Forest Bathing

Inspiring anxiety health awareness and whole child wellness. Today we’ll explore Physio-Logics’ RESTORE pillar and Share our Forest Bathing Anchor! -restoring balance through our senses. Use as an energy restoration strategy or throughout the day for mini mindful breaks.


Empowering a child’s spirit restores creativity, compassion and joy. Restoring our spirit, or healthy sense of self, evolves from self-confidence, acknowledgement of self-worth and self-love.   

Challenging our bodies and our minds cultivates courage and resilience to discover what we are capable of. Helping children learn to connect to their breath, body and spirit builds physical and mental strength and restores an inner connection to self.

Forest Bathing

Spending time in nature is both comforting and restorative! In Japan, the practice of shinrin-yoku, or “forest bathing” encourages people to take in nature through their senses to promote healing, relaxation, and restoration. The practice of shinrin-yoku is not focused on physical exercise, but rather sensory engagement. It is mindfulness, done outdoors.

Many individuals and families are enjoying walks, runs, bike rides, and hikes in order to get a change of air and scenery. In fact, Google is tracking phone data to plot a Community Mobility Report, viewable by county and the data in Monroe county shows that visits to parks are currently up 115%!

We know from earlier posts that mindfulness is the practice of neutrally observing the present moment through our senses. Notice. Now. Neutrally.

Mindfulness is a way of befriending ourselves and our experience.

John Kabat-Zinn

When we gently shift our focus to the now, we are better able to feel empowered to notice and then adapt our responses to stress and anxiety. Engaging in the act of noticing the now can be more relaxing outdoors, particularly if we move beyond our own yards, because we are not looking at our surroundings as a project or a task to complete (“I have to mow the lawn/pick up the fallen twigs/rake the garden beds.”) We can truly just be.

Through gentle and intentional focus of your sensory experience in nature, you can bring your attention into the present moment via your eyes, ears, nose, mouth, hands and feet.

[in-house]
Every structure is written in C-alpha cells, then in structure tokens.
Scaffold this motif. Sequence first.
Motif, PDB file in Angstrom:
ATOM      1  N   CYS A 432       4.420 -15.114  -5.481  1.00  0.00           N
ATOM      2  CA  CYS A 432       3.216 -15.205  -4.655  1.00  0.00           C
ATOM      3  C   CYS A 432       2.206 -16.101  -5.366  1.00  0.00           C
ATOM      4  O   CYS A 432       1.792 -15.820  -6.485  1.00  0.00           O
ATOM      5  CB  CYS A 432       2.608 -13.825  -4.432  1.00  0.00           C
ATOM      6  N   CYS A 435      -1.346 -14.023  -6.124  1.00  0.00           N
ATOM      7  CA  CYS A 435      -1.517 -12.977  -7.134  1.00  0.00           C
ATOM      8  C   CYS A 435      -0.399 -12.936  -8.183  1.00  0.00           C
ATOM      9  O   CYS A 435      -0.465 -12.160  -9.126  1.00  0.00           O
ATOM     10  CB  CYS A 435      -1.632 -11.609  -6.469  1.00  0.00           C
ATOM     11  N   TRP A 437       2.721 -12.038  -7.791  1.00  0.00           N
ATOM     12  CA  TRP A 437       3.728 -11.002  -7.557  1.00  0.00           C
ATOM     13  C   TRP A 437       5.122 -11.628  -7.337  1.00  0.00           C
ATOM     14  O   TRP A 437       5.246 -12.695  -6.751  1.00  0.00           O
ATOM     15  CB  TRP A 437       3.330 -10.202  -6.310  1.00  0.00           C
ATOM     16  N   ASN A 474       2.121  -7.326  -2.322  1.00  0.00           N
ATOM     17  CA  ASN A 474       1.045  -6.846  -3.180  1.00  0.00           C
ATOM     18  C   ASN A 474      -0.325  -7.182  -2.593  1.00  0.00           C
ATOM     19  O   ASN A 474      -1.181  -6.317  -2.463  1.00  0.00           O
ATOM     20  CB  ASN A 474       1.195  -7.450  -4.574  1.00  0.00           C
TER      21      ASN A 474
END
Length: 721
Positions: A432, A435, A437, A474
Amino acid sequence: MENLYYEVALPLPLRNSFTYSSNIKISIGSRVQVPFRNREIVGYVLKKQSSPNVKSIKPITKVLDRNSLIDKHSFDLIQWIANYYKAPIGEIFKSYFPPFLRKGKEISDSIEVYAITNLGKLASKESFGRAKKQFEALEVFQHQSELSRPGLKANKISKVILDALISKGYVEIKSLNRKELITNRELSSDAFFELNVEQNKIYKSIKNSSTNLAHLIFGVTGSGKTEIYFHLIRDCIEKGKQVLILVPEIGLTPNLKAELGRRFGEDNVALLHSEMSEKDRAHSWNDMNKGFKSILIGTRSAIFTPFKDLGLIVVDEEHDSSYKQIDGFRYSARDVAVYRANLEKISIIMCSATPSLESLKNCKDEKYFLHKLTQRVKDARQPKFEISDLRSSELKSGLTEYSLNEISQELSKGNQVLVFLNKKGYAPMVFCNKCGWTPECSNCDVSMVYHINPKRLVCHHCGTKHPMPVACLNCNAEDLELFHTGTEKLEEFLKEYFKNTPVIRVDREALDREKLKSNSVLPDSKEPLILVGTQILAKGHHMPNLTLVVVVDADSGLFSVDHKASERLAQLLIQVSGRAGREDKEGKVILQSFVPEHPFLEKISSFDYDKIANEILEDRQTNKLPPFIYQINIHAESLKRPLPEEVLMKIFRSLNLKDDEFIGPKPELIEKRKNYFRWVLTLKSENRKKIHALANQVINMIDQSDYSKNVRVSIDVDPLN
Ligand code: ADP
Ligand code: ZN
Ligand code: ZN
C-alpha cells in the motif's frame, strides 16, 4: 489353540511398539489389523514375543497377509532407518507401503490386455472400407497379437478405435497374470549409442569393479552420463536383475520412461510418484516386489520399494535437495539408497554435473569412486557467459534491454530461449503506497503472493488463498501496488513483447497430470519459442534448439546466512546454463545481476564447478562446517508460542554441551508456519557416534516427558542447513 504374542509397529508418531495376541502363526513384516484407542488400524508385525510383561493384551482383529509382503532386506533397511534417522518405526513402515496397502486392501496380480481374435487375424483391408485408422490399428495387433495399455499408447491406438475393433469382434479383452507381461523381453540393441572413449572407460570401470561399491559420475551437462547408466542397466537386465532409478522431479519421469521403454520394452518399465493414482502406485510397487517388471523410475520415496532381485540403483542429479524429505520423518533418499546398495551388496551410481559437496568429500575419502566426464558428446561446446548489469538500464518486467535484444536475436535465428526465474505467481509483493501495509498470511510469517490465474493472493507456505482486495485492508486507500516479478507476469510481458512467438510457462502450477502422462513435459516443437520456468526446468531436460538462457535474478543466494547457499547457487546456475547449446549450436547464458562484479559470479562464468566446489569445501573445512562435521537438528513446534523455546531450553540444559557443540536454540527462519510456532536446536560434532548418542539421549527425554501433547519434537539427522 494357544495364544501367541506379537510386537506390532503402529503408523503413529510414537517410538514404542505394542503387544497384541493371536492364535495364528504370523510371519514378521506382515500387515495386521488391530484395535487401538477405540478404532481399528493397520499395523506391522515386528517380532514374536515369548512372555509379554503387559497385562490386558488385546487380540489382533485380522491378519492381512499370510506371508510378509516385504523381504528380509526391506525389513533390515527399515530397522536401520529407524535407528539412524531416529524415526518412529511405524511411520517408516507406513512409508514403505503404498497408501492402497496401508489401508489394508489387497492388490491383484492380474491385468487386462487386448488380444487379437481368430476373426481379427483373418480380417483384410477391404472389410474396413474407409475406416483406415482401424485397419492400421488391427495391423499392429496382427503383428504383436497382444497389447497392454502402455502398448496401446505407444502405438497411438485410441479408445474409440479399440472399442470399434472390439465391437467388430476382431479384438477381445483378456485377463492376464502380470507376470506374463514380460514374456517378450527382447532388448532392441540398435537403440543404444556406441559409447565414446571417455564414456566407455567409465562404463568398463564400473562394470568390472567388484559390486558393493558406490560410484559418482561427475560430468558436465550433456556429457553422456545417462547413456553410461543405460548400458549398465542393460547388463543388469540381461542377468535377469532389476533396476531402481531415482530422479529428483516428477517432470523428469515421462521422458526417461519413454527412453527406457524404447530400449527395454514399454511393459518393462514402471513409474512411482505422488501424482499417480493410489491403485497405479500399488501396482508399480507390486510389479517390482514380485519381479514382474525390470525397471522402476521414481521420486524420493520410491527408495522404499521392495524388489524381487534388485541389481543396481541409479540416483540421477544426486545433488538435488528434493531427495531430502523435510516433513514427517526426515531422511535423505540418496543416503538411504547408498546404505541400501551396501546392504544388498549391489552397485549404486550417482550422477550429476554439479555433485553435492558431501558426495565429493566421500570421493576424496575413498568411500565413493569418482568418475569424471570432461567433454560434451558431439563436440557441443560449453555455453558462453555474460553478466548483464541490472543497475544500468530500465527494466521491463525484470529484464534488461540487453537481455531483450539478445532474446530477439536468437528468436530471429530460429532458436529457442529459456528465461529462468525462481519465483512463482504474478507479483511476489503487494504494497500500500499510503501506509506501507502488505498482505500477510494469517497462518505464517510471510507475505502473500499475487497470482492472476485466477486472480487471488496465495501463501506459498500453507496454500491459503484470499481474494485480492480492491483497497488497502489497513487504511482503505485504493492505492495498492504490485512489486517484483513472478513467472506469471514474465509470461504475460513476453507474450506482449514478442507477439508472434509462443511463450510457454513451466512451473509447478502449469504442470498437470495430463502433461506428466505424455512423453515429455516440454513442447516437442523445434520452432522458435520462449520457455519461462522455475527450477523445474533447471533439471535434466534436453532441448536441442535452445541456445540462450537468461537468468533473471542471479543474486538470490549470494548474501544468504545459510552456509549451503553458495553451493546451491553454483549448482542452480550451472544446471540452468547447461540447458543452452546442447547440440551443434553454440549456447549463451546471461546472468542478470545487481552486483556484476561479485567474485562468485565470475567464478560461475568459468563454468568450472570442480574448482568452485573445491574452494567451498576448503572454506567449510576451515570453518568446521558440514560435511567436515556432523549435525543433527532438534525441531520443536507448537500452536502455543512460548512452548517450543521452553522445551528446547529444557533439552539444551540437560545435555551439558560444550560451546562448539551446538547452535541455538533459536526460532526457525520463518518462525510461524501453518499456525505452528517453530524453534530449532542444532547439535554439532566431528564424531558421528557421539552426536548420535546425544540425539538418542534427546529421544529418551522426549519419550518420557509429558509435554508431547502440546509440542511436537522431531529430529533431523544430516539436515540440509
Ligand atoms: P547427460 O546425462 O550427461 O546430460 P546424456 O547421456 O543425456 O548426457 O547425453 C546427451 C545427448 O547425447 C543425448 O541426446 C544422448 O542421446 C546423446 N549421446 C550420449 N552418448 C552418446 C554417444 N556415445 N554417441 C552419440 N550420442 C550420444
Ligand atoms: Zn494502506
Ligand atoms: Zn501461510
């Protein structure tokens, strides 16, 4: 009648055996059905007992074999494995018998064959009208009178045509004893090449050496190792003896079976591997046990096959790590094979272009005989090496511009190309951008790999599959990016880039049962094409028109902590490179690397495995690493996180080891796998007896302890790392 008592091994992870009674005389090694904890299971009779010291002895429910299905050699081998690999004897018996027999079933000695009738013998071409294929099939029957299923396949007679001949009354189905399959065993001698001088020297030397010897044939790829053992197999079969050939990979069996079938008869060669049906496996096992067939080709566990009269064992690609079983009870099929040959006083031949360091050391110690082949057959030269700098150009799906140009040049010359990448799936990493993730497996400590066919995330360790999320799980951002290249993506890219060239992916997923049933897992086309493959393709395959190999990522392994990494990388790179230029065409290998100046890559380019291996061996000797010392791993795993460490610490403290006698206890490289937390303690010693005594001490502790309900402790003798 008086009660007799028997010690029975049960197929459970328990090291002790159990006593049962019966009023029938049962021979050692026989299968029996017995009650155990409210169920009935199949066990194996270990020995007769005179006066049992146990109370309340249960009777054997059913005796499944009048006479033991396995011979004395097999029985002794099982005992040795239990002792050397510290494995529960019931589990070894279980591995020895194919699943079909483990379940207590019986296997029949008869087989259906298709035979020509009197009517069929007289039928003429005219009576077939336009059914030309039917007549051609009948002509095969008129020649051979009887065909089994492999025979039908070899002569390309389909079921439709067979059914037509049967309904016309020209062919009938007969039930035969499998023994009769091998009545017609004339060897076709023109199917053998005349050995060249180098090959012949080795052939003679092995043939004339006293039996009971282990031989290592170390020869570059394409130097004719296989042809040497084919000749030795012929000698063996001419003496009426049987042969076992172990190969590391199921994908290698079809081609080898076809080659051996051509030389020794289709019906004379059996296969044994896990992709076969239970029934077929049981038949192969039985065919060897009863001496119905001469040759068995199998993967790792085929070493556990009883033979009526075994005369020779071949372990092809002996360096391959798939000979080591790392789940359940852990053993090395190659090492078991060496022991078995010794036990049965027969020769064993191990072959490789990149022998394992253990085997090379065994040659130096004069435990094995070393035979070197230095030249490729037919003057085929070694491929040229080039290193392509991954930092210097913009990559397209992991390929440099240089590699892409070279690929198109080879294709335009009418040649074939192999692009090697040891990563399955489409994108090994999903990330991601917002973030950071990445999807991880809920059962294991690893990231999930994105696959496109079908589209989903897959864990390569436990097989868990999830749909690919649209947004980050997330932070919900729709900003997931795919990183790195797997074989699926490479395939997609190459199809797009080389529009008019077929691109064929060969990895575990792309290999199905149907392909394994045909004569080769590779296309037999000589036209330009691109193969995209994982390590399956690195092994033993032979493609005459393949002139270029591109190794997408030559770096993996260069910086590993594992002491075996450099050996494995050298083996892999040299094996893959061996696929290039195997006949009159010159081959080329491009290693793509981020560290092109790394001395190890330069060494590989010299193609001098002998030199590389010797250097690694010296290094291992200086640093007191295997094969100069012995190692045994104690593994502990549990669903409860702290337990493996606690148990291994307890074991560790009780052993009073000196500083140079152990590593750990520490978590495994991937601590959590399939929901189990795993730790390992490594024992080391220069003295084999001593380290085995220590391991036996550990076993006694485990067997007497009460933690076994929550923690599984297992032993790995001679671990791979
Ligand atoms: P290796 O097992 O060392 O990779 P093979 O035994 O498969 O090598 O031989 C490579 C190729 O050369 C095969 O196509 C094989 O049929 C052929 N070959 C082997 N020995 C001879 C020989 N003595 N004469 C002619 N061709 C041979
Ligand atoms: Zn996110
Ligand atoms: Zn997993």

We can see the colors of spring emerge from the winter landscape as we look for buds and blooms, or the ways in which shadows fall based on the angle of the sun.

Hear the sounds of birdsong, wind, moving water or rustling of leaves under our feet.

We might pick up the scent of flowers, of the damp forest floor, of freshly-cut grass.

Taking breath in through our mouth, we can taste the air as we inhale and exhale.

Perhaps most importantly during this time of chaos and unpredictability, we can feel the earth beneath our feet, whether we are walking barefoot or in shoes, noticing the solidity of the pavement or the softness of fallen pine needles cushioning our footfall, an experience that is literally grounding. Engaging with the way in which we feel connected to the earth allows us to find our root, or anchor, in all that is swirling around us.

Being in nature can restore our mood, give us back our energy and vitality, refresh and rejuvenate us.

Dr. Qing Li is the author of Forest Bathing: How Trees Can Help You Find Health and Happiness.


We invite you to take a “forest bath” in nature, whether near home or on a trail in the forest. If you are alone with your thoughts, take time to note your sensory intake. If you are with your children, you can help yourself and them bring attention to sensory experience by discussing aloud the things you are each noticing across your five senses. Such a relaxing, restoring way to spend time with yourself, with your loved ones, and with the planet!


Check out this

  • link for hiking ideas from Day Trips Around Rochester
  • link for information on the practice of shinrin-yoku
  • link for additional Forest Bathing information from

Thank You

Thank you to our wellness educator, Tracy Nemecek, for helping write today’s post and thank YOU for reading today! We will continue to share resources to inspire anxiety health awareness and youth wellness throughout the week. Sending well wishes to you all!

We can’t wait to see you when we are able to re-open the Physio-Logics studio for anxiety wellness education! In the meantime, if you or your child are interested in counseling to address COVID-related anxiety, adjustment challenges related to physical distancing, or other mental health concerns, our wellness educators are also a Licensed Mental Health Counselor in private practice.  They are conducting telehealth sessions at this time.  Please feel free to contact us at for more information.

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